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This is actually a pretty accurate representation of my mental picture of how these things work.

Just a quick update to let everyone know that I’ve done some things to make RAIL easier to follow on different platforms. I’ve set up a long-overdue Twitter account: @RAILBlog and I’ve created a Google Plus page you can follow as well.  The G+ page can be found under “RAIL Blog“–creative, yes?  Once I figure out how to do it I’ll get all these things all synced up for you all, but for the time being at least they now exist. 🙂

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The Ambassador Bridge, via Wikimedia Commons. Original by Mike Russell, CC 3.0 S-A

As many in the argumentation studies community know next week is OSSA 9, one of the bigger events on our calendars.  The conference theme this go around is “Argumentation, Cognition and Community”.  Having had a look at the schedule I think this promises to be an interesting conference. Many leading scholars in argumentation, informal logic, rhetoric, and normative pragmatics will be there presenting and responding to papers.  There is also a good range of strong papers by up and coming scholars as well.  This is one to look forward to, if you’ll be coming.

All the pertinent information for OSSA, including .pdf downloads of the schedule and abstracts among other things, can be accessed here.

Unfortunately, as we all know, not everyone who would like to attend can attend.  These are tough times and many of us find ourselves at institutions who can’t always support travel to events like these as often or to the degree that they would wish. For those who won’t be coming but want to follow along, I thought I might propose a conference back-channel on Twitter with the hashtag #OSSA2011.  Those of us who have Twitter accounts and will be there could post about discussions, sessions, workshops, and everything else OSSA between sessions or whenever else we have the chance.  That way those who cannot come can follow along. An added benefit is that those of us who are there will be able get to know each other a little better and to coordinate a little easier when it comes to dinner plans, taxi rides, etc.. (To get a better idea of how it works, you might check out this post from the innovative and consistently helpful ProfHacker blog on the Chronicle of Higher Ed website.)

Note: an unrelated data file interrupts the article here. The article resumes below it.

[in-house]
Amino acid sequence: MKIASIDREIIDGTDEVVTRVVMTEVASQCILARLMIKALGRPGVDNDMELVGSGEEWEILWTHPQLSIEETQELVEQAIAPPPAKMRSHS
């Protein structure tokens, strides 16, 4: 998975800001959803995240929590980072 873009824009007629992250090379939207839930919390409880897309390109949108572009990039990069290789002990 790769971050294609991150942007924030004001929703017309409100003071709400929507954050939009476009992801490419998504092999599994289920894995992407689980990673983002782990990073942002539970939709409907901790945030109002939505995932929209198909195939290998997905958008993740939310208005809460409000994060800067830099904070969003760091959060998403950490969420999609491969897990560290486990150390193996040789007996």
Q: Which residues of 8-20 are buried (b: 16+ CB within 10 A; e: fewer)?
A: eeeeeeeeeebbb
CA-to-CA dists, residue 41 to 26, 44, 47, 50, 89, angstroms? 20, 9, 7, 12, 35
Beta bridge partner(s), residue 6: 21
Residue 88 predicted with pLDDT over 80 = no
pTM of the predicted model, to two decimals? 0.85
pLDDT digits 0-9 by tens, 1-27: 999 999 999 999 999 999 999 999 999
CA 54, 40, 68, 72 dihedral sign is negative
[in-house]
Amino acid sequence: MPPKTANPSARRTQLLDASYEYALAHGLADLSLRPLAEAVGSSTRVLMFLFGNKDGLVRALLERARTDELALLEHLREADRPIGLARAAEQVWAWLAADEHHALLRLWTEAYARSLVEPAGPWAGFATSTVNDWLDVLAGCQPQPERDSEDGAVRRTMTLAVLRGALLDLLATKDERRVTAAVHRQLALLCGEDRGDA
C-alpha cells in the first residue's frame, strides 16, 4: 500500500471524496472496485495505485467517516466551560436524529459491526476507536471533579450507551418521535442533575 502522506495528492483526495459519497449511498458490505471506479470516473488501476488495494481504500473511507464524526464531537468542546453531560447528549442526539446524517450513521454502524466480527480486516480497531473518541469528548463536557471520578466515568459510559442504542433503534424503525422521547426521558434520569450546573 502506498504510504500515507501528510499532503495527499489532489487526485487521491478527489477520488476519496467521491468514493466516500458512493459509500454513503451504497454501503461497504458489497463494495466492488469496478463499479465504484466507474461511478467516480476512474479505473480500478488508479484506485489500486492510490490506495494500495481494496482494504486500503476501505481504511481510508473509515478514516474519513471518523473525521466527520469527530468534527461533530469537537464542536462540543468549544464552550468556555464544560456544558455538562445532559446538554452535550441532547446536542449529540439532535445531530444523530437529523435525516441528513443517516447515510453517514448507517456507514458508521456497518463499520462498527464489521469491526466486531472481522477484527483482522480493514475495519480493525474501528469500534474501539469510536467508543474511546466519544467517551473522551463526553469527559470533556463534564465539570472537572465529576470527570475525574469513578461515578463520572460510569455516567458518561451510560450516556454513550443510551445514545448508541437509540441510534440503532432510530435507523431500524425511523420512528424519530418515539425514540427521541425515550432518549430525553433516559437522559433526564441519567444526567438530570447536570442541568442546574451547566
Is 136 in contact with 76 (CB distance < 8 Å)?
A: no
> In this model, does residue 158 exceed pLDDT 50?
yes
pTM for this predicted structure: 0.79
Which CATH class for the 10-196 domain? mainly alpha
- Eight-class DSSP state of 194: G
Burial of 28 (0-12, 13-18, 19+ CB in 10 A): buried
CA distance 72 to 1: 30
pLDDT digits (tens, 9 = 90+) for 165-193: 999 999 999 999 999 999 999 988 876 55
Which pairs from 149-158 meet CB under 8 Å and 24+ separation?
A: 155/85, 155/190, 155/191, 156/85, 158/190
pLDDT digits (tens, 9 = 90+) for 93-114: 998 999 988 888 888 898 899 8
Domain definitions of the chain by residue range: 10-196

If you’re interested, let me know!  You can comment here or post to Twitter including “#OSSA2011” somewhere in your tweet.

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“Thinking isn’t agreeing or disagreeing.  That’s voting.” — Robert Frost

In this article from the blog of the Walrus magazine, writer David Rusak nicely sums up the case that social media is increasingly taking over the way in which we communicate.

He writes:

Even in the unstructured, verbal medium of the comments field, with no built-in retweet button and no formal system logging the repetitions, we see a number of people avoiding using their own words in order to instead “cast a vote” for someone else’s. They deliberately represent themselves as part of a countable mass (in this case, of devoted fans), rather than as an individuated person with a novel point of view. I have no idea how widespread this particular trend is, but I think it exemplifies an ongoing shift in the way online communication is done…What’s more, Facebook’s Like button has now allowed us to do away with much commenting, allowing one-click responses that require the least engagement possible.

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